Noir in Toyland / by Lars Garvey Laing-Peterson

elect h mouse.jpg

Only ephemerally does Nelly Reifler's short novel Elect H. Mouse State Judge maintain a degree of innocence—the title might at first sound like a children's story (well, for children whose parents hope they'll enter into politics one day, perhaps), then you see the cover: a dress discarded in the mud, pants flung over the hood of a jeep, two sets of legs entangled, the silhouette of a mouse, presumably watching the unfolding sexual scene. Even when learning that the main characters are in fact a mouse, Barbie, and Ken, the illusion of purity is gone—and this is precisely the point. As Claire Cameron writes at the Los Angeles Review of Books:

Are humans inherently good? Are we born bad or do we become this way? These are old questions, so I give credit to Nelly Reifler who, in her weird-enough-to-be-wonderful novel Elect H. Mouse State Judge, adds a new twist: What is the essential nature of our childhood toys?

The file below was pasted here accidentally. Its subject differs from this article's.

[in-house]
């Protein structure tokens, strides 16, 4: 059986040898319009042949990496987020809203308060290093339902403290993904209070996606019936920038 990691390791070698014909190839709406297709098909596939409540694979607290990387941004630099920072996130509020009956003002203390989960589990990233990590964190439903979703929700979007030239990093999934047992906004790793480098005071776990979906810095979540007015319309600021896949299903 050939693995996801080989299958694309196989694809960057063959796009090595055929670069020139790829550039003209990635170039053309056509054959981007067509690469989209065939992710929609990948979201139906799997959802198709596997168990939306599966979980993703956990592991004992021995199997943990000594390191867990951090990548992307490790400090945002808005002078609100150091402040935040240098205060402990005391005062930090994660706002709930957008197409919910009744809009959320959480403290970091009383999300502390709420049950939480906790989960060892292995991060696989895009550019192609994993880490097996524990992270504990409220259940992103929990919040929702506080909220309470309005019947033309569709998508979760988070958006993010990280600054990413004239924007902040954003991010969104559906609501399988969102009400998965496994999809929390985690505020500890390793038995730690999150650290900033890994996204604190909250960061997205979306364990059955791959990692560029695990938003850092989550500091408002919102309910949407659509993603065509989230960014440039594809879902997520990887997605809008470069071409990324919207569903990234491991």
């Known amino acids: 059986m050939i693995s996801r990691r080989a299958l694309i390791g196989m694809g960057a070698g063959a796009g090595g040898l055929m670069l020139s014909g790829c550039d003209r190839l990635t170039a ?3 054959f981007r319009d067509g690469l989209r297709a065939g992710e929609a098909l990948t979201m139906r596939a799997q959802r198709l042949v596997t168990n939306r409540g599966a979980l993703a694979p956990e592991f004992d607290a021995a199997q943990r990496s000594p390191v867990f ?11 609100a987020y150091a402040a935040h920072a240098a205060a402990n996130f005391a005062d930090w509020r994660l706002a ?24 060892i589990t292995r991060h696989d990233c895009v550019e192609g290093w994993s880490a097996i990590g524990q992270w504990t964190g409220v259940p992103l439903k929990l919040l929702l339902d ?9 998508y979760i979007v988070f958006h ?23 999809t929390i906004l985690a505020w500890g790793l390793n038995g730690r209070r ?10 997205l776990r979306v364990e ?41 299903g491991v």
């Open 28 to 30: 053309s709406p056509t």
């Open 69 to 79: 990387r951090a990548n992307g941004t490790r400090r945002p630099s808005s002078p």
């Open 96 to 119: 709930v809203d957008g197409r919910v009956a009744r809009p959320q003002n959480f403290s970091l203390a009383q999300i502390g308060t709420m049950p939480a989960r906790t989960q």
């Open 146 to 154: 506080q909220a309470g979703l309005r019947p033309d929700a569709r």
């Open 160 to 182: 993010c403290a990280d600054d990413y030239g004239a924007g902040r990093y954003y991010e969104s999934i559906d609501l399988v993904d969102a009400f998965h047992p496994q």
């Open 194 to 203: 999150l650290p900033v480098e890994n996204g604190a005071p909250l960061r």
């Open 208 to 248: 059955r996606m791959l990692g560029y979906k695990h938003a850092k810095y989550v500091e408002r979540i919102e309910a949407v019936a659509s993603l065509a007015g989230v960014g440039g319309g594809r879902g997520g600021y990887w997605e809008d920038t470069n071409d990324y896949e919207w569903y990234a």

While the question may seem strange—and perhaps it would be better altered to, "How does the essential nature of childhood toys change as we age, when we look back at Barbie's molded breasts and Ken's plastic bulge as adults?"—it is an unavoidable one given then themes and characters of Reifler's novel, one that Cameron describes as "Barbie Noir." Even if a critic was to only look at this novel as an absurdist tale of crime and corruption merely peopled by children's toys and pets, the preoccupation is undeniably with children: H. Mouse's children have been abducted and he hires the private investigation team of Barbie and Ken to track them down, fearing police involvement would expose the skeletons in his closet. An irony that Cameron overlooks, however, is that in Reifler's novel children's toys are entrusted to safely recover children, to save them from the failings of their parents, yet another strange layer I haven't quite unraveled, but one that I hope to return to in the future.

If someone on your Christmas list has a healthy appreciation for noir and the absurd, you could do a hell of a lot worse than picking up Elect H. Mouse State Judge for them.